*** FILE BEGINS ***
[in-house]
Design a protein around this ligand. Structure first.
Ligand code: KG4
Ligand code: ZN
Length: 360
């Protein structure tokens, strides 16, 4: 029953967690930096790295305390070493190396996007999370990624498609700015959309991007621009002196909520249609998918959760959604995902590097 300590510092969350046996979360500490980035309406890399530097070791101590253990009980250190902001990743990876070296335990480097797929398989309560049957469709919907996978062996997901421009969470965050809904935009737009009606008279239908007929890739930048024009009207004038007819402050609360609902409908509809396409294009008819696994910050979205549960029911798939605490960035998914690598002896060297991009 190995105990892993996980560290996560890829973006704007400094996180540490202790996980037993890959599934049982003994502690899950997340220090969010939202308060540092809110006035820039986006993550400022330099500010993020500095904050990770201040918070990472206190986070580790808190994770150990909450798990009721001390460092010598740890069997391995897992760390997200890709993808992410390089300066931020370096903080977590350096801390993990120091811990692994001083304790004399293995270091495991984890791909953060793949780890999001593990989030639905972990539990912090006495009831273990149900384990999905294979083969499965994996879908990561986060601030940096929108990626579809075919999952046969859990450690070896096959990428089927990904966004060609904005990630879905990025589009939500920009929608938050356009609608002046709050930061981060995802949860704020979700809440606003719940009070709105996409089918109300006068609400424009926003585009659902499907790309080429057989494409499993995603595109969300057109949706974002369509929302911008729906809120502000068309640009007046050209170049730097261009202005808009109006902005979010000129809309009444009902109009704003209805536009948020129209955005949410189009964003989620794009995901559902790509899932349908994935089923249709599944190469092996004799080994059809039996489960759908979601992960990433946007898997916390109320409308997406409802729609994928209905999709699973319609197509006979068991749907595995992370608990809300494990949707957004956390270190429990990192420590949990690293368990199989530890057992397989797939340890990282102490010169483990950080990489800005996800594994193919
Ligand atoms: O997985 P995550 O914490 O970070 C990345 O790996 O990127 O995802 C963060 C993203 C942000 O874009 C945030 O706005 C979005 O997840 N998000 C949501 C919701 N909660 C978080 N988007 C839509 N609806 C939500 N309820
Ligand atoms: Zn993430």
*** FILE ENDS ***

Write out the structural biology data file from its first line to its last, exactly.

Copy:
[in-house]
Design a protein around this ligand. Structure first.
Ligand code: KG4
Ligand code: ZN
Length: 360
């Protein structure tokens, strides 16, 4: 029953967690930096790295305390070493190396996007999370990624498609700015959309991007621009002196909520249609998918959760959604995902590097 300590510092969350046996979360500490980035309406890399530097070791101590253990009980250190902001990743990876070296335990480097797929398989309560049957469709919907996978062996997901421009969470965050809904935009737009009606008279239908007929890739930048024009009207004038007819402050609360609902409908509809396409294009008819696994910050979205549960029911798939605490960035998914690598002896060297991009 190995105990892993996980560290996560890829973006704007400094996180540490202790996980037993890959599934049982003994502690899950997340220090969010939202308060540092809110006035820039986006993550400022330099500010993020500095904050990770201040918070990472206190986070580790808190994770150990909450798990009721001390460092010598740890069997391995897992760390997200890709993808992410390089300066931020370096903080977590350096801390993990120091811990692994001083304790004399293995270091495991984890791909953060793949780890999001593990989030639905972990539990912090006495009831273990149900384990999905294979083969499965994996879908990561986060601030940096929108990626579809075919999952046969859990450690070896096959990428089927990904966004060609904005990630879905990025589009939500920009929608938050356009609608002046709050930061981060995802949860704020979700809440606003719940009070709105996409089918109300006068609400424009926003585009659902499907790309080429057989494409499993995603595109969300057109949706974002369509929302911008729906809120502000068309640009007046050209170049730097261009202005808009109006902005979010000129809309009444009902109009704003209805536009948020129209955005949410189009964003989620794009995901559902790509899932349908994935089923249709599944190469092996004799080994059809039996489960759908979601992960990433946007898997916390109320409308997406409802729609994928209905999709699973319609197509006979068991749907595995992370608990809300494990949707957004956390270190429990990192420590949990690293368990199989530890057992397989797939340890990282102490010169483990950080990489800005996800594994193919
Ligand atoms: O997985 P995550 O914490 O970070 C990345 O790996 O990127 O995802 C963060 C993203 C942000 O874009 C945030 O706005 C979005 O997840 N998000 C949501 C919701 N909660 C978080 N988007 C839509 N609806 C939500 N309820
Ligand atoms: Zn993430």